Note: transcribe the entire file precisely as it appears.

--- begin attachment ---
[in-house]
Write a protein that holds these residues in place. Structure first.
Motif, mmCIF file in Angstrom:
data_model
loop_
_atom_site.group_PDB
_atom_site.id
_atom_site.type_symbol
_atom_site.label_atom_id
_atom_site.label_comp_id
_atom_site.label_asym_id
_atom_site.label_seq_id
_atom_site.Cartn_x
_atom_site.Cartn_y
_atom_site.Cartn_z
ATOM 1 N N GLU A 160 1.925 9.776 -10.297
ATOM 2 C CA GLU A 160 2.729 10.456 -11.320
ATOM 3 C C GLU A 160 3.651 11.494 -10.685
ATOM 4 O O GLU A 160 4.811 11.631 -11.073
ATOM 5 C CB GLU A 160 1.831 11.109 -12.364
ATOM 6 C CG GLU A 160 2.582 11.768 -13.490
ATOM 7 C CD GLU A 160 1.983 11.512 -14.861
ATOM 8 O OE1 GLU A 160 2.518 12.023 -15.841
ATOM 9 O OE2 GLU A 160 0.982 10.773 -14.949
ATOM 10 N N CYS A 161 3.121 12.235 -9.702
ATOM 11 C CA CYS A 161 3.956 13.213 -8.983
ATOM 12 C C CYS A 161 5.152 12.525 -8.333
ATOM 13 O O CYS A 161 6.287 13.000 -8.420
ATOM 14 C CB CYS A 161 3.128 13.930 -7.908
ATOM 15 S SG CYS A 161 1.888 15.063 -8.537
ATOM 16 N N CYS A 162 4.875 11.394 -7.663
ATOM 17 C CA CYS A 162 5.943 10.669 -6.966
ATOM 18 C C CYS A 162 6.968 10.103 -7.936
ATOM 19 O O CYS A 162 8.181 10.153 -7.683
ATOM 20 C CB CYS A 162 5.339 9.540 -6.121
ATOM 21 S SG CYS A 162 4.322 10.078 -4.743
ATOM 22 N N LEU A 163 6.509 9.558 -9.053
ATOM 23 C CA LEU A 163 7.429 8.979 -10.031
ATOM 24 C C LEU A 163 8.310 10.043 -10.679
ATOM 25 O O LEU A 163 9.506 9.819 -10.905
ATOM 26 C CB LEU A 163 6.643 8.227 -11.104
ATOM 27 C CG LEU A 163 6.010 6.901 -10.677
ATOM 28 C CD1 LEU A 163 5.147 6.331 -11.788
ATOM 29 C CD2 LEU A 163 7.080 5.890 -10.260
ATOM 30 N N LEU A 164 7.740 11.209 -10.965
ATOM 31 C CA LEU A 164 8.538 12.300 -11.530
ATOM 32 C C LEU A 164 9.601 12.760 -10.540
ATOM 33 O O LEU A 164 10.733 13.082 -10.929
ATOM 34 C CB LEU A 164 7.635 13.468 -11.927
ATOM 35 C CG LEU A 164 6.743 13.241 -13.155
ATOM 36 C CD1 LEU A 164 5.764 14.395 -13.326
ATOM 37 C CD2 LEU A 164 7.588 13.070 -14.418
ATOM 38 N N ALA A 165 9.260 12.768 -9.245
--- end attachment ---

[in-house]
Write a protein that holds these residues in place. Structure first.
Motif, mmCIF file in Angstrom:
data_model
loop_
_atom_site.group_PDB
_atom_site.id
_atom_site.type_symbol
_atom_site.label_atom_id
_atom_site.label_comp_id
_atom_site.label_asym_id
_atom_site.label_seq_id
_atom_site.Cartn_x
_atom_site.Cartn_y
_atom_site.Cartn_z
ATOM 1 N N GLU A 160 1.925 9.776 -10.297
ATOM 2 C CA GLU A 160 2.729 10.456 -11.320
ATOM 3 C C GLU A 160 3.651 11.494 -10.685
ATOM 4 O O GLU A 160 4.811 11.631 -11.073
ATOM 5 C CB GLU A 160 1.831 11.109 -12.364
ATOM 6 C CG GLU A 160 2.582 11.768 -13.490
ATOM 7 C CD GLU A 160 1.983 11.512 -14.861
ATOM 8 O OE1 GLU A 160 2.518 12.023 -15.841
ATOM 9 O OE2 GLU A 160 0.982 10.773 -14.949
ATOM 10 N N CYS A 161 3.121 12.235 -9.702
ATOM 11 C CA CYS A 161 3.956 13.213 -8.983
ATOM 12 C C CYS A 161 5.152 12.525 -8.333
ATOM 13 O O CYS A 161 6.287 13.000 -8.420
ATOM 14 C CB CYS A 161 3.128 13.930 -7.908
ATOM 15 S SG CYS A 161 1.888 15.063 -8.537
ATOM 16 N N CYS A 162 4.875 11.394 -7.663
ATOM 17 C CA CYS A 162 5.943 10.669 -6.966
ATOM 18 C C CYS A 162 6.968 10.103 -7.936
ATOM 19 O O CYS A 162 8.181 10.153 -7.683
ATOM 20 C CB CYS A 162 5.339 9.540 -6.121
ATOM 21 S SG CYS A 162 4.322 10.078 -4.743
ATOM 22 N N LEU A 163 6.509 9.558 -9.053
ATOM 23 C CA LEU A 163 7.429 8.979 -10.031
ATOM 24 C C LEU A 163 8.310 10.043 -10.679
ATOM 25 O O LEU A 163 9.506 9.819 -10.905
ATOM 26 C CB LEU A 163 6.643 8.227 -11.104
ATOM 27 C CG LEU A 163 6.010 6.901 -10.677
ATOM 28 C CD1 LEU A 163 5.147 6.331 -11.788
ATOM 29 C CD2 LEU A 163 7.080 5.890 -10.260
ATOM 30 N N LEU A 164 7.740 11.209 -10.965
ATOM 31 C CA LEU A 164 8.538 12.300 -11.530
ATOM 32 C C LEU A 164 9.601 12.760 -10.540
ATOM 33 O O LEU A 164 10.733 13.082 -10.929
ATOM 34 C CB LEU A 164 7.635 13.468 -11.927
ATOM 35 C CG LEU A 164 6.743 13.241 -13.155
ATOM 36 C CD1 LEU A 164 5.764 14.395 -13.326
ATOM 37 C CD2 LEU A 164 7.588 13.070 -14.418
ATOM 38 N N ALA A 165 9.260 12.768 -9.245